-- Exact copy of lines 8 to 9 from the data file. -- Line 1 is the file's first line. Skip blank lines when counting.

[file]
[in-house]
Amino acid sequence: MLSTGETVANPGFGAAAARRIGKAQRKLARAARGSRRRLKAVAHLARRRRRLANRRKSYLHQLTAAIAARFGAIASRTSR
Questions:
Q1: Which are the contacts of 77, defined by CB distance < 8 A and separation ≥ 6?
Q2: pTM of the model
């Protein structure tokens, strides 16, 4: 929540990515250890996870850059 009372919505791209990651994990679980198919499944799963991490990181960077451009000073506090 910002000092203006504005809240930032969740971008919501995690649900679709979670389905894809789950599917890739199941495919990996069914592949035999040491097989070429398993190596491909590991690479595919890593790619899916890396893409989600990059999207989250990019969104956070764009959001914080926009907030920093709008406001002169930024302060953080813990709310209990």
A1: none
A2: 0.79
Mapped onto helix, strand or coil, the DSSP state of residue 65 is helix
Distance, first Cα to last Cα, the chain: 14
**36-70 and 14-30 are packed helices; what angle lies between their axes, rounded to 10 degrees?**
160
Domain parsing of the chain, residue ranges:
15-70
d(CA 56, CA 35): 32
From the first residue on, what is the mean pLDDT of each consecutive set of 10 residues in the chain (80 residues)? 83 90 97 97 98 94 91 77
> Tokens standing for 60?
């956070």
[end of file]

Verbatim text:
A2: 0.79
Mapped onto helix, strand or coil, the DSSP state of residue 65 is helix